Carrie: Why do you think some people are intimidated by the “science” of sport performance?

Shawn: In the past, scientific analysis was labor intensive and time consuming. The athlete or coach had to perform the calculations themselves (if they even had access to or knew how to), using complex formulas and algorithms. But, with programs like TrainingPeaks, all the number crunching is done for you. We take the raw data and perform the calculations translating it into easy to understand charts and graphs making it ready to be analyzed by the coach or athlete. I think it’s important to note that we don’t prescribe to a certain coaching or training philosophy and we are NOT a coaching company. We are a software company. So, the coach and athlete still applies their own methodology to training, we just report the data so that you can train as effectively and efficiently as possible.

Carrie: How does having this kind of feedback help people with their training and performance?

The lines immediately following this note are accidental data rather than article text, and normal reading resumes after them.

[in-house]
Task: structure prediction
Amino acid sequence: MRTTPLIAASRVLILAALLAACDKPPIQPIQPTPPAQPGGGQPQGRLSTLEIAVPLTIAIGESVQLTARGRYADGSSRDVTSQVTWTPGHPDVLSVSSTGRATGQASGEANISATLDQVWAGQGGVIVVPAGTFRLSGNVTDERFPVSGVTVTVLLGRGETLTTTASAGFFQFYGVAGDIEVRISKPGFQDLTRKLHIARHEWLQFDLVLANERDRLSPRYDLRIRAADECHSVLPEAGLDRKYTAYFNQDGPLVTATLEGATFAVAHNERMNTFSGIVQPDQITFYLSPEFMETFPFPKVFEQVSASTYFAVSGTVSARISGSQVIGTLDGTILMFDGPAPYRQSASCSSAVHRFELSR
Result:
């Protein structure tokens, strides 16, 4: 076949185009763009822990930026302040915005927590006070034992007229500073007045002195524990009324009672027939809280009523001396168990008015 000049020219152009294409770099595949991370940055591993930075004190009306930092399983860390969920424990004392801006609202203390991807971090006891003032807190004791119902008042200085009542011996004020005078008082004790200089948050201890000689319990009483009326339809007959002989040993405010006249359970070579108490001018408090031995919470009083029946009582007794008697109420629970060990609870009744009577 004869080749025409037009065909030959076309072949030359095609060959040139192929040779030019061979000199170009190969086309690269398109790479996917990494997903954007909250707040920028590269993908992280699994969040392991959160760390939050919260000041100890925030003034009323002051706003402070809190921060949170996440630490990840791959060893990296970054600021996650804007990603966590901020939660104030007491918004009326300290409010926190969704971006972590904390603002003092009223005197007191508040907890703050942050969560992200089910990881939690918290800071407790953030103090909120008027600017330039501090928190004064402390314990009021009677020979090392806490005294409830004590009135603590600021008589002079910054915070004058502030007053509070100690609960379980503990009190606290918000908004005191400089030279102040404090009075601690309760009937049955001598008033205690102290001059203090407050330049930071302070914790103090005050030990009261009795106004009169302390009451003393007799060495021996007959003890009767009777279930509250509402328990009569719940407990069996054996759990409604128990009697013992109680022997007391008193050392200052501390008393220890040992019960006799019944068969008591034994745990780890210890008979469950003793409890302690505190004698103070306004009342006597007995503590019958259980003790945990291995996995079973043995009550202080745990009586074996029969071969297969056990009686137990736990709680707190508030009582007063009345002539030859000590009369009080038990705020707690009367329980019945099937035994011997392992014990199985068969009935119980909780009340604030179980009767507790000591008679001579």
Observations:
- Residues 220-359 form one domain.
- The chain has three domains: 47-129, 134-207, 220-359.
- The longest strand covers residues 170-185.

Shawn: It is truly amazing. Joe Friel likes to tell people that when you start tracking and analyzing your data, it is like getting glasses for the first time. Suddenly, everything is clear and in focus. So many athletes talk about “peaking” at the right time and how difficult it is to do. Using features like the Performance Management Chart, we literally take the guesswork out of peaking. The athlete knows exactly how taxing each workout is and also the cumulative effect it has over time and can then plan future workouts and know exactly how those workouts will affect fitness and fatigue. Pro Tour riders are now using and even depending on TrainingPeaks to track and plan their seasons, to monitor their fitness level and dial in their training and recovery precisely.